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Making and Appreciating Music without Borders: Getting to Know Tulsa-Based Musician Noam Faingold

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Aired on Monday, April 4th.

On this edition of StudioTulsa, an interesting discussion with the diversely talented Tulsa-based composer, performer, conductor, and music educator Noam Faingold. He serves as director of the Barthelmes Conservatory, teaches in the Department of Music at TU, is on the board at Chamber Music Tulsa, and is also the curator for the OK Electric Music Festival, which will happen this weekend (April 8th and 9th) at Living Arts of Tulsa (at 307 East Brady in downtown Tulsa). Faingold tells us all about this year's OK Electric, which will bring together exciting musicians and sound artists from around the world and across the state -- all of whom are focused to varying degrees electronic and electro-acoustic music. And as Faingold explains, along with engaging live performances and hybrids of classical/chamber/groove-music, this year's festival will also feature music-history lectures and film-music spontaneous creations. Faingold also tells us about his remarkable Burning City Orchestra, a rock chamber orchestra that he founded several years ago. This collective released its first full-lentgh album in November of last year, and it consists of noted contemporary musicians who also take part in The Royal Ballet Orchestra, The BBC Concert Orchestra, The American Symphony Orchestra, Alarm Will Sound, and Bang on a Can. The debut CD by the Burning City Orchestra, as noted at Faingold's personal website, is "inspired by traditional and experimental classical, rock, and jazz...[and] reflects a deep commitment to diversifying the art of songwriting."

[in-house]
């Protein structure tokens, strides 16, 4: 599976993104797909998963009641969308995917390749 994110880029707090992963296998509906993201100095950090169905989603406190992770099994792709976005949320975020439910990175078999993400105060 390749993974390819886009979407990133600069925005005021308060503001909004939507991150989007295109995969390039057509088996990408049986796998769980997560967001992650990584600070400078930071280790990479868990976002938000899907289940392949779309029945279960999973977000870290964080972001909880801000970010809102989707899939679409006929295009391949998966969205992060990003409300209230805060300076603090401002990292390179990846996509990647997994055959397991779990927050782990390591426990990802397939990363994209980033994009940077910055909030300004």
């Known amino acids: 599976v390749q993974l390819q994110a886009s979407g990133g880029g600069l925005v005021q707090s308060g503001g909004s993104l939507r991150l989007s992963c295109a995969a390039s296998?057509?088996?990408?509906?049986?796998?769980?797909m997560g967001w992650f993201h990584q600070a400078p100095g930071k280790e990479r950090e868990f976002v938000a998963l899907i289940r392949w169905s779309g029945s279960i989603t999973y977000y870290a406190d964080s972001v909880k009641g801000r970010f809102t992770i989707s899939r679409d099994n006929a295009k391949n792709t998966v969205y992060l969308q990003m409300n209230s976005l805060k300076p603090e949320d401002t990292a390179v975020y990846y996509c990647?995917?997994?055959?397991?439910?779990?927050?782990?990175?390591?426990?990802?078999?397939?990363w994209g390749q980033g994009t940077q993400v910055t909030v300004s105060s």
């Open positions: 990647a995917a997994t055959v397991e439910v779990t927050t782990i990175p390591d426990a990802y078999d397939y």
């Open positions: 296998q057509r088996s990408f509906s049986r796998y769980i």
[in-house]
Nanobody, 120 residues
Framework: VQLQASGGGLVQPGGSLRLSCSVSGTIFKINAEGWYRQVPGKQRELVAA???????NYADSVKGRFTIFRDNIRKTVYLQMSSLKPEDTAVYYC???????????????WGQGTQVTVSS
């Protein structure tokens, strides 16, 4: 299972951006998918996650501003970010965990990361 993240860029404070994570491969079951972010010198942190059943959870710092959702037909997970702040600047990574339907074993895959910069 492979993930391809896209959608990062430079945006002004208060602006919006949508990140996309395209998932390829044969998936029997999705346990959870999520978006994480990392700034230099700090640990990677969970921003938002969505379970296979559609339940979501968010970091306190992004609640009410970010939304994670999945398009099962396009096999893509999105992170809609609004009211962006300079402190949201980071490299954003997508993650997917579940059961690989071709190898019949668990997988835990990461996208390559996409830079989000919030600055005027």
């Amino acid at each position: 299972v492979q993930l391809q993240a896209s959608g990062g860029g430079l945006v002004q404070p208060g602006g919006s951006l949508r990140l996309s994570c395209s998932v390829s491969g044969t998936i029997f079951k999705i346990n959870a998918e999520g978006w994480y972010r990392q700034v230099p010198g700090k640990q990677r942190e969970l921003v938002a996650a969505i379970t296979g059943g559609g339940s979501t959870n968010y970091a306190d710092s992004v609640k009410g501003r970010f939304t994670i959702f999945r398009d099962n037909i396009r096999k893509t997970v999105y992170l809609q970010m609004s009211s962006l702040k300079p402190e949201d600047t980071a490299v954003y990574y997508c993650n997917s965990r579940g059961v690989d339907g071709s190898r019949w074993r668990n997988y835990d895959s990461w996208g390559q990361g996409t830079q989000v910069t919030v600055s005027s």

Rich Fisher passed through KWGS about thirty years ago, and just never left. Today, he is the general manager of Public Radio Tulsa, and the host of KWGS’s public affairs program, StudioTulsa, which celebrated its twentieth anniversary in August 2012 . As host of StudioTulsa, Rich has conducted roughly four thousand long-form interviews with local, national, and international figures in the arts, humanities, sciences, and government. Very few interviews have gone smoothly. Despite this, he has been honored for his work by several organizations including the Governor's Arts Award for Media by the State Arts Council, a Harwelden Award from the Arts & Humanities Council of Tulsa, and was named one of the “99 Great Things About Oklahoma” in 2000 by Oklahoma Today magazine.
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